Vancouver Canucks goalie Cory Schneider, shown skating at UBC on Monday, says the players aren't ready to accept the league's last proposal just to get the game back on the ice.
Photograph by: Stuart Davis, PNG
VANCOUVER - As the NHL and its locked-out players agreed Monday to mediation, Vancouver Canuck netminder Cory Schneider admitted that union decertification remains a last resort.
Decertification would enable players to file antitrust lawsuits, a tactical manoeuvre that helped both NBA and NFL players when they were locked out last year.
“The appetite for decertification is much stronger than it was before,” Schneider said following a skate at UBC. “Through this whole process, we've viewed that as a last means. We didn't want it to come to that so we've always pushed to negotiate, negotiate.
“We've moved $800 million in their direction depending on whose math you view and, for them to just look at us and smile and say 'we appreciate it', it tells us they either don't take us very seriously or they don't really have any motivation to negotiate and do a little give-and-take and make this deal happen.”
According to Schneider, decertification is not something to be taken lightly.
“As players, one of the only options we have to really apply a little pressure on them and show them that we're serious is to decertify,” continued Schneider, a member of the NHLPA bargaining committee. “We've seen that the only way the other leagues got a deal done was that the unions decertified or started the process. It's a very serious decision and something we would have to consider very closely. That's why we're a little reluctant to just charge ahead with it.
“It's a drastic measure but when you're dealing with this group of owners and a commissioner who have shown time and time again that they're willing to lock you out until they get exactly what they want, there is not much choice either.”
Some reports indicate it would take two months for the decertification process to be completed and, by then, the entire 2012-13 season could be lost. It all depends on how much stomach both sides have to allow it to reach that point. The owners have already shown they will cancel an entire season (2004-05) to further their aims.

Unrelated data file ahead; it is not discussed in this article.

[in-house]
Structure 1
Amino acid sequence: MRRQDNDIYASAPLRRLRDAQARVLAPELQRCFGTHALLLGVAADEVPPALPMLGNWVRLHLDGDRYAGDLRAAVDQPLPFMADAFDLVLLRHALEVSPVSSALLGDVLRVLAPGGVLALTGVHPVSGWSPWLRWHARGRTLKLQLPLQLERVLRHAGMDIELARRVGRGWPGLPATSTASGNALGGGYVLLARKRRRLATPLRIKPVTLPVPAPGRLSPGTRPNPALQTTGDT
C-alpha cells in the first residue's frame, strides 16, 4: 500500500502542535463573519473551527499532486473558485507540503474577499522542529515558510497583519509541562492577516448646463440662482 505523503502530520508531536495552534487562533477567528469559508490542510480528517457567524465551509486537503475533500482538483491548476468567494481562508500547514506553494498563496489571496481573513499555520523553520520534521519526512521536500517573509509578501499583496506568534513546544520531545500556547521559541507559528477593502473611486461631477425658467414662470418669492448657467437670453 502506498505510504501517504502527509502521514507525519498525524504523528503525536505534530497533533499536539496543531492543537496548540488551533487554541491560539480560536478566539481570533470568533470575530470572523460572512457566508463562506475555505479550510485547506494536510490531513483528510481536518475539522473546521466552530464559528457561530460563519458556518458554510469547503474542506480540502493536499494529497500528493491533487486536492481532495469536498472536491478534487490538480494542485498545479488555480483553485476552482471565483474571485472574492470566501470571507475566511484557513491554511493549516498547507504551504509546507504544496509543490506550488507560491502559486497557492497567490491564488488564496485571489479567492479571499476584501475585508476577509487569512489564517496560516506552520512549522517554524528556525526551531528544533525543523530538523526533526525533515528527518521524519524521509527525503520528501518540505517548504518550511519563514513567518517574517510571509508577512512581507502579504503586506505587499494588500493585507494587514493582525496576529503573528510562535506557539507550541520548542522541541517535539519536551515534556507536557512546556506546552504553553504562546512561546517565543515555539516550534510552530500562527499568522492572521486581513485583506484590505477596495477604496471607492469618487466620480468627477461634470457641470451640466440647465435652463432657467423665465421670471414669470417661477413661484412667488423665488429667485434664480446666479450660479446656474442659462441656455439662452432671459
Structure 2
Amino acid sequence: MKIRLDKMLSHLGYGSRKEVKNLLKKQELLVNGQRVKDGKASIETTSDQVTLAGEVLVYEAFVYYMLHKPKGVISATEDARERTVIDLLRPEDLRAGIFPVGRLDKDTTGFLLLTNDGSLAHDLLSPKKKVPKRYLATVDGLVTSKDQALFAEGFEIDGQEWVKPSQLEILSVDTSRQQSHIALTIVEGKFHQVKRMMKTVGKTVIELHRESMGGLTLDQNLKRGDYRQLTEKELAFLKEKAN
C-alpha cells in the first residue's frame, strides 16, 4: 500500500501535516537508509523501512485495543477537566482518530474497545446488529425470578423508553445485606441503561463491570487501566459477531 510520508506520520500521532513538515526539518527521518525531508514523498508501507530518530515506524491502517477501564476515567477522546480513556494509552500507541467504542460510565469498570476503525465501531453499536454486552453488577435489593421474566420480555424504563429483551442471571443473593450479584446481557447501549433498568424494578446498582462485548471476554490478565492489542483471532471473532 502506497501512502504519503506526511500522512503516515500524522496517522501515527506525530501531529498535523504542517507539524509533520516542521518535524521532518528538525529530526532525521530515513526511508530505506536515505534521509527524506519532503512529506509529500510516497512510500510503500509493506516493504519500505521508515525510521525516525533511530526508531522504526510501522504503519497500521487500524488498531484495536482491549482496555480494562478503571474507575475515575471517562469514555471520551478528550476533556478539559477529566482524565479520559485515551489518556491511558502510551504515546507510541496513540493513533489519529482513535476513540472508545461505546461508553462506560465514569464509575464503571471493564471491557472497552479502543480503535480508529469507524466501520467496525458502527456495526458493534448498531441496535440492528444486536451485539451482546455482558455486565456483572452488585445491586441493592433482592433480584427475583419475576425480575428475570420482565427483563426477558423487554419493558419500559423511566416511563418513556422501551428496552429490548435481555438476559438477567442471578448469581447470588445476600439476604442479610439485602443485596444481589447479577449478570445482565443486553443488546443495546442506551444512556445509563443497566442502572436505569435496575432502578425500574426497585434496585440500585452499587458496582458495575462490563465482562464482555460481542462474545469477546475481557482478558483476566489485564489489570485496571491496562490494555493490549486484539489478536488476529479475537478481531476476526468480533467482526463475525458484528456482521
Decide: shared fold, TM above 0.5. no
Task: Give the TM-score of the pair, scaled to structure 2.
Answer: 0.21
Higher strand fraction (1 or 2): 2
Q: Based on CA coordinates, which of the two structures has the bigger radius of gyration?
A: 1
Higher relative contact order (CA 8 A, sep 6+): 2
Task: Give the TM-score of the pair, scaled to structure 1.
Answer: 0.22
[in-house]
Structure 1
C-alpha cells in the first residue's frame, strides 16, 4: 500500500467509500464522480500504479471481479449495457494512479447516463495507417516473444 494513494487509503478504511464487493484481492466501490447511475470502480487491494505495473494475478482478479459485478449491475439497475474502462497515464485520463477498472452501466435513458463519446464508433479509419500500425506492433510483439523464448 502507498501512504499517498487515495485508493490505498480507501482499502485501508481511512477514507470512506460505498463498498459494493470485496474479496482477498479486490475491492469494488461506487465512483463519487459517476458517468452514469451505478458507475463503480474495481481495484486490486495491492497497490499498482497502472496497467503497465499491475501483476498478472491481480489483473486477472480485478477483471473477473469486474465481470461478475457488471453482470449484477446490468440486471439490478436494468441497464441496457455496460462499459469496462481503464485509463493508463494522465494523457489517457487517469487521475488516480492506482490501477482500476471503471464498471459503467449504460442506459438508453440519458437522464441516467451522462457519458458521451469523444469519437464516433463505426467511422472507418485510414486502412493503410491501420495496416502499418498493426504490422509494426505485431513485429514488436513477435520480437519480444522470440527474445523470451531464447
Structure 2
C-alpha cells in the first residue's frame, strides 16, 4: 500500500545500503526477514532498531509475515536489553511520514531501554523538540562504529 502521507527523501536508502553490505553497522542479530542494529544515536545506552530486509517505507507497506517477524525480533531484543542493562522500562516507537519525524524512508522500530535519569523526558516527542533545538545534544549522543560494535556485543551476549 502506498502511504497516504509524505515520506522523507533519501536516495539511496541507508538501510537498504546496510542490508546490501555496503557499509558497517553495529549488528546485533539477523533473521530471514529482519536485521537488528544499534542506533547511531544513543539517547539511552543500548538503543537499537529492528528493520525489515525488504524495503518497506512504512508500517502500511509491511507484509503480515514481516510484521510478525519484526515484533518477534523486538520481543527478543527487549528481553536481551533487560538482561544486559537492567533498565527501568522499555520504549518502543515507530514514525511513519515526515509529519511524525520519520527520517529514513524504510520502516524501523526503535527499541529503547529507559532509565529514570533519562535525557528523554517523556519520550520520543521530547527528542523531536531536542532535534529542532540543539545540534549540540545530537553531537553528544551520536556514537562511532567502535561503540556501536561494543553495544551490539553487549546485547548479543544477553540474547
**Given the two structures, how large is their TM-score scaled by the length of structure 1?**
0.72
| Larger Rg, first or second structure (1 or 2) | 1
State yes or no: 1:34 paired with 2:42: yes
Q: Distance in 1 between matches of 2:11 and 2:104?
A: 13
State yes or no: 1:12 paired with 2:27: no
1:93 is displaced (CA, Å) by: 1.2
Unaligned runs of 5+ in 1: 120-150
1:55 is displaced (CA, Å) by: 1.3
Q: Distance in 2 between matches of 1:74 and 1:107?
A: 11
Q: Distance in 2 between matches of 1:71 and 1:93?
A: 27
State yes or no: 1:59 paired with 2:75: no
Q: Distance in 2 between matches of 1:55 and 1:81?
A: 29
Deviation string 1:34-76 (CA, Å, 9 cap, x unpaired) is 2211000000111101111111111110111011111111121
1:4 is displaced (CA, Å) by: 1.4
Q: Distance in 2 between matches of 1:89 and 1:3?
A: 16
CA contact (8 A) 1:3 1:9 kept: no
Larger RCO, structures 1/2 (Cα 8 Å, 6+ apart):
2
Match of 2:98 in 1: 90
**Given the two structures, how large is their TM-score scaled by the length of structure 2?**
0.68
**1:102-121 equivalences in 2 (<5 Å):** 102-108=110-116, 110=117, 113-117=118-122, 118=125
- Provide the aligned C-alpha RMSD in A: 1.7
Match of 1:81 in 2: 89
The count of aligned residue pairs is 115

Schneider said players aren't prepared to swallow hard and accept the owners' last proposal just to get the game back on the ice, although he conceded he is getting very anxious to play again “whether here or abroad.” He is personally forfeiting paycheques from the new $4 million deal per season he signed last June.
“Yeah, we can say we saved the game and took the raw deal to do it and seven years from now, we have to do it again?” Schneider responded. “And five years after that, do it again? And again and again? Obviously if you just keep giving them what they want without them giving anything back, they're just going to keep doing it. It's a bit of a conundrum to us, honestly. We feel that we can get this done pretty quickly if they would simply move a few inches and they just steadfastly refuse to do so.”
Schneider reiterated a long-held union belief that the owners have a certain date in my mind at which point they'll start to negotiate in earnest. However, with more than two months of games already cancelled, along with the Winter Classic and all-star game, that date may be next year.
He said he was extremely frustrated that last week's union proposal was quickly shot down by the league.
“I mean, in the moment, it's almost maddening,” he explained. “Then you step back if you're going to understand why they did it – beg for us to make a proposal and then to come back and say nothing is changed on our end, well, what was the point? The point was they just got a little more from us and they didn't have to give anything up. I feel, and the group feels, they're going to continue to do so until whatever date it is they have in mind they've got what they needed, or they've squeezed enough out of us.”
Defenceman Dan Hamhuis wondered aloud Monday whether the owners truly care about the game.
“They say they care about the game and the fans and stuff but their actions are speaking a lot louder than their words right now,” he said. “For people who follow it closely, you'll see one side is negotiating and the other side is not.”
Fellow defenceman Kevin Bieksa figures “a lot” of owners do care but their voices haven't been heard due to the fact they've been muzzled by commissioner Gary Bettman under the threat of heavy fines.
“Unfortunately I don't think every single owner has been given a fair shake in this deal,” Bieksa said. “I think Gary has his small group and I think there are a lot of owners left in the dark.”
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